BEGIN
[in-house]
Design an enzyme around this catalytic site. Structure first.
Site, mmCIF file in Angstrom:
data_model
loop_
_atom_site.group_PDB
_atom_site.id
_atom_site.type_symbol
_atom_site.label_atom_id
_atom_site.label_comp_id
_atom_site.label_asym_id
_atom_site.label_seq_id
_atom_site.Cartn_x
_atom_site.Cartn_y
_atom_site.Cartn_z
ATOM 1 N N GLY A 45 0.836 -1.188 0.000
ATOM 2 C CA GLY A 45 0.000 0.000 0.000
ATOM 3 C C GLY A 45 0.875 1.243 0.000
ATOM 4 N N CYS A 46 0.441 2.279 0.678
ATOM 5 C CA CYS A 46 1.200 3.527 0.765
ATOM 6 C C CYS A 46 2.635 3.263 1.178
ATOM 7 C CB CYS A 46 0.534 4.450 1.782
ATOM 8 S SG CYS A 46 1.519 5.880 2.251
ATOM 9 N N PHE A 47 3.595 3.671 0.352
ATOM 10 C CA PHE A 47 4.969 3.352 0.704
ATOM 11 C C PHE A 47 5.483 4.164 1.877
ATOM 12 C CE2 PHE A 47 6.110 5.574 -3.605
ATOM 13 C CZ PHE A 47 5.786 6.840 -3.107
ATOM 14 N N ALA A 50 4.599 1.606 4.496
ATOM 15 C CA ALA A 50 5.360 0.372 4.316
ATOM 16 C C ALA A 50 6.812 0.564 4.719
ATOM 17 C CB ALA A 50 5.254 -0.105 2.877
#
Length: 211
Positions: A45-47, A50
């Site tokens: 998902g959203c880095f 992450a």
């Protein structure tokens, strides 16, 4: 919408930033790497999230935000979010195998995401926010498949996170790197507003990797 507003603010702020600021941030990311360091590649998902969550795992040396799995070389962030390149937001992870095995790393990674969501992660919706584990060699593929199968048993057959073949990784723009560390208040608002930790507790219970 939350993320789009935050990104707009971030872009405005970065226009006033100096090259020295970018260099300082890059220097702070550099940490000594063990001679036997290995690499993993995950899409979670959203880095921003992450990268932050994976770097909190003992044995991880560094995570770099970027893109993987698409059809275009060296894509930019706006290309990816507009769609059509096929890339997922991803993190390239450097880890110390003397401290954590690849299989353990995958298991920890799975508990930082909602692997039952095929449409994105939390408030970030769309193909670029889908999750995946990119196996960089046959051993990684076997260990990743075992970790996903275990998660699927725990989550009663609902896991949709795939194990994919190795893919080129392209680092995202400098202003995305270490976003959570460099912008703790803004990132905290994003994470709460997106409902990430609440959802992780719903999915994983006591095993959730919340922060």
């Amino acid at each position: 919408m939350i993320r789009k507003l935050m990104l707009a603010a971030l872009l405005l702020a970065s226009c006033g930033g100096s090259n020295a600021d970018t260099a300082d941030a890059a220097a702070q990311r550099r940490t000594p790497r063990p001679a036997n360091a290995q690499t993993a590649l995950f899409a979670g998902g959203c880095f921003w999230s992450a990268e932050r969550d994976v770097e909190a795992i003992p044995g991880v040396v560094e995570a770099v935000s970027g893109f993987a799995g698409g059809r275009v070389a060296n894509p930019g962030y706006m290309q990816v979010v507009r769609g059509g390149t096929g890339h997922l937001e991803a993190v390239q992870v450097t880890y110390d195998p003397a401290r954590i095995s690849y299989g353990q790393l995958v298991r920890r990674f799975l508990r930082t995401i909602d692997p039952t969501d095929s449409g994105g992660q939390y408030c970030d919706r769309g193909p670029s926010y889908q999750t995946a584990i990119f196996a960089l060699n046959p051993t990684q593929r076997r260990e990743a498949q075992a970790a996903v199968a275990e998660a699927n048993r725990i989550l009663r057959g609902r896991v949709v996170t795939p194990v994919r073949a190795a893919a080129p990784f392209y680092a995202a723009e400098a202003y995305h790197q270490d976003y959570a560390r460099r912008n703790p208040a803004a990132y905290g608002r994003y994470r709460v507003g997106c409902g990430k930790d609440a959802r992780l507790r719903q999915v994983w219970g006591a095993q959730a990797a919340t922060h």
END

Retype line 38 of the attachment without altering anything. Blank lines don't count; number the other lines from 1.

């Amino acid at each position: 919408m939350i993320r789009k507003l935050m990104l707009a603010a971030l872009l405005l702020a970065s226009c006033g930033g100096s090259n020295a600021d970018t260099a300082d941030a890059a220097a702070q990311r550099r940490t000594p790497r063990p001679a036997n360091a290995q690499t993993a590649l995950f899409a979670g998902g959203c880095f921003w999230s992450a990268e932050r969550d994976v770097e909190a795992i003992p044995g991880v040396v560094e995570a770099v935000s970027g893109f993987a799995g698409g059809r275009v070389a060296n894509p930019g962030y706006m290309q990816v979010v507009r769609g059509g390149t096929g890339h997922l937001e991803a993190v390239q992870v450097t880890y110390d195998p003397a401290r954590i095995s690849y299989g353990q790393l995958v298991r920890r990674f799975l508990r930082t995401i909602d692997p039952t969501d095929s449409g994105g992660q939390y408030c970030d919706r769309g193909p670029s926010y889908q999750t995946a584990i990119f196996a960089l060699n046959p051993t990684q593929r076997r260990e990743a498949q075992a970790a996903v199968a275990e998660a699927n048993r725990i989550l009663r057959g609902r896991v949709v996170t795939p194990v994919r073949a190795a893919a080129p990784f392209y680092a995202a723009e400098a202003y995305h790197q270490d976003y959570a560390r460099r912008n703790p208040a803004a990132y905290g608002r994003y994470r709460v507003g997106c409902g990430k930790d609440a959802r992780l507790r719903q999915v994983w219970g006591a095993q959730a990797a919340t922060h």